‘Magic’ is one of those words that, as Humpty Dumpty said, can mean whatever you choose it to mean. So it takes a brave author to include it in the subtitle of a book about a quest to find meaning in our landscape.

All credit to Jini Reddy for laying her cards on the table at the outset, despite her awareness of the dangers of embracing an overtly spiritual approach to Nature. She freely admits that she is worried about being seen as “a silly New-Age deluded hippie”, but she adds: “So what did it really matter what people thought? I had nothing to lose and everything to gain.”

Like Zakiya McKenzie, Tiffany Francis and Benedict Macdonald, Jini Reddy is one of a cohort of fresh new voices writing about Nature and place. She is of Indian descent and she has a refreshingly honest approach to the British countryside, which should win over readers tired of some of the more predictable Nature writing currently on the shelves.

Reddy’s first book, Wild Times, was a guide to experiencing the natural world in Britain in a series of new and challenging ways. Wanderland is a more personal, narrative account dealing with the same themes: the joy of serendipity, the importance of spirituality, and ‘finding oneself’ by exploring a range of landscapes around Britain.

She also brings the clarity of an outsider's view, having grown up outside the UK, in Canada, though London is her birthplace. This allows her to avoid the curse of parochialism, which can seep into some British Nature writing, and, unlike more traditional writers, she does not exclude humans from the landscape: indeed, she goes out of her way to meet and talk to people who might give her insight into the magic of the places she is visiting. This approach allows Wanderland to successfully straddle the gap between the classic categories of ‘Nature’ and ‘travel’ writing, at a time when some authors are rejecting these labels in favour of a broader, more inclusive view of the world.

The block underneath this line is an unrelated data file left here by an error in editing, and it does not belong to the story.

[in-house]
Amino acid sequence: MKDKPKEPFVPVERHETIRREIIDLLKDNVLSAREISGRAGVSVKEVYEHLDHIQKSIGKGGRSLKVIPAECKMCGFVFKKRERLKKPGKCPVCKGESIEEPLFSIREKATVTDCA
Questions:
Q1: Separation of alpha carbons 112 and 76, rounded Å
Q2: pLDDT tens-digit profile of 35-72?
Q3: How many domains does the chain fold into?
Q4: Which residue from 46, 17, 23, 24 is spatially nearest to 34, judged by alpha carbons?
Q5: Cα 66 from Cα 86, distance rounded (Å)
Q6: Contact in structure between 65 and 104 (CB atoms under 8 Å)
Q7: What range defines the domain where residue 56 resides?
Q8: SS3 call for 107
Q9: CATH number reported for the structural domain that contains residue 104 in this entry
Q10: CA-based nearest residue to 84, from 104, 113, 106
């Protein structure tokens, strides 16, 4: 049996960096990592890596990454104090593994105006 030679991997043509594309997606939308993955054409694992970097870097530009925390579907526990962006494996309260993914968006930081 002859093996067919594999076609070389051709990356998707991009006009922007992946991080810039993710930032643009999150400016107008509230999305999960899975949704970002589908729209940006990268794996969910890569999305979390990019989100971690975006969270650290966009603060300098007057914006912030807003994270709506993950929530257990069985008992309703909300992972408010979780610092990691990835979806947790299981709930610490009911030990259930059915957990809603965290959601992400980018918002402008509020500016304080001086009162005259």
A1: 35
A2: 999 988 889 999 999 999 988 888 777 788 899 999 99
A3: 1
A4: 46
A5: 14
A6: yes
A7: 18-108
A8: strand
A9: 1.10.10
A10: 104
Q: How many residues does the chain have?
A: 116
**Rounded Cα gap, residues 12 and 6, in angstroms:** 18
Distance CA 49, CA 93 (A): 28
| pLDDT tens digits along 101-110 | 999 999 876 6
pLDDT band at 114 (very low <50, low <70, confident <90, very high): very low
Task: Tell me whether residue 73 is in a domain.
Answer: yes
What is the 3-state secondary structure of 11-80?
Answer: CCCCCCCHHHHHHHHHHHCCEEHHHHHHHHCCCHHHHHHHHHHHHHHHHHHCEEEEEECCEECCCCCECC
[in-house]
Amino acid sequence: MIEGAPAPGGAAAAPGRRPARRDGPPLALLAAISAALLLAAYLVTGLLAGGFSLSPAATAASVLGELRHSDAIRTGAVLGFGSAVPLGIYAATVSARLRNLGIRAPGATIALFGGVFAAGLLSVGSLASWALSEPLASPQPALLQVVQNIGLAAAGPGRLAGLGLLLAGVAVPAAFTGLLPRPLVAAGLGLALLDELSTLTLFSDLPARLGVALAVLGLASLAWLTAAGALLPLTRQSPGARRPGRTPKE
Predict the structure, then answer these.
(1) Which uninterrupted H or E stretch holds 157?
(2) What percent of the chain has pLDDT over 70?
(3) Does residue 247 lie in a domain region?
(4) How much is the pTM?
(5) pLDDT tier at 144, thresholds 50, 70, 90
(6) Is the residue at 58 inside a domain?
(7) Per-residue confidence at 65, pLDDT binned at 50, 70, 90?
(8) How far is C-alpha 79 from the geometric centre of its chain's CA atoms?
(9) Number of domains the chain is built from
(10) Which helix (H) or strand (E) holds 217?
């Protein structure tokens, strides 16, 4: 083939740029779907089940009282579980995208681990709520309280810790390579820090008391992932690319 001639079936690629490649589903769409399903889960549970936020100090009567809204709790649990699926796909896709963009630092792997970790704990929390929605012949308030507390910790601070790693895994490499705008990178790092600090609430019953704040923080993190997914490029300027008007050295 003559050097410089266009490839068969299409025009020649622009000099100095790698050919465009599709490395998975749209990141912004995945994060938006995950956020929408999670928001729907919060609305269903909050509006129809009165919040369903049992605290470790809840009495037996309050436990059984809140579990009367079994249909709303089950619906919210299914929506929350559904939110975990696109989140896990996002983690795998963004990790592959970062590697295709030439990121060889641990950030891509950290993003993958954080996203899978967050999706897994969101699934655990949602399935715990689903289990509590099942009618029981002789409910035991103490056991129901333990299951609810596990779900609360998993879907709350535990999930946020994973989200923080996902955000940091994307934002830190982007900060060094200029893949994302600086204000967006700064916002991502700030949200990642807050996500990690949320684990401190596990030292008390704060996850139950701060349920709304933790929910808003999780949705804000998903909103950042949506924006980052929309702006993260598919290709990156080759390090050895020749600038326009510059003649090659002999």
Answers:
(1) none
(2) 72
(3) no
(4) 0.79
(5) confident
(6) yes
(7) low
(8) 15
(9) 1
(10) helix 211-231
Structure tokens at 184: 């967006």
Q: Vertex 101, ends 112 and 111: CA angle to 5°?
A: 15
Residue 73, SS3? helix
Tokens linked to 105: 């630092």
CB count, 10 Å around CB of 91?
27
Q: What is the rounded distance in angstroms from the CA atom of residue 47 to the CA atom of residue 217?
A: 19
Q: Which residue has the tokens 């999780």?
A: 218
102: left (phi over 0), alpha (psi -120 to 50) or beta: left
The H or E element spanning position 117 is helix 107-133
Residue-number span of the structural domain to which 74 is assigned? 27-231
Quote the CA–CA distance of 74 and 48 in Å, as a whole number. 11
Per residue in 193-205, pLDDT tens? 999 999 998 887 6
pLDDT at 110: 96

On her visit to my adopted county of Somerset, Reddy takes a suitably sceptical view of some of Glastonbury’s more eccentric inhabitants and customs. She writes of a cloud of “industrial-strength incense” and beautifully captures the slightly sickly feeling she has after gazing in the windows of the town’s many shops selling the predictable range of quasi-spiritual products (or as some might think, cheap tat): “I feel like I’ve eaten one too many sweets.”

Yet, once she escapes the town and explores the surrounding countryside, she questions her very right to love what she sees, asking: “If I’m not a local, am I allowed to love a place as my own?” The answer, which emerges as she travels the length and breadth of Britain searching for that elusive quality of magic, is an emphatic yes. For too long, people exploring the countryside have been made to feel like outsiders; yet, as Woody Guthrie sang, this land is our land.

Stylistically, Reddy employs the historic present tense throughout, which I feel often makes a narrative feel rather breathless, like a series of short sprints bolted together. Yet her easy style, genuinely questioning approach and willingness to take a wry look at her own self all carry the reader along in an engaging and often delightful tale with a suitably open-ended conclusion. I look forward to her future explorations of our place in Nature.

Stephen Moss is a naturalist and author living in Somerset. His latest book is The Accidental Countryside: Hidden Havens for Britain’s Wildlife (Guardian Faber, 2020).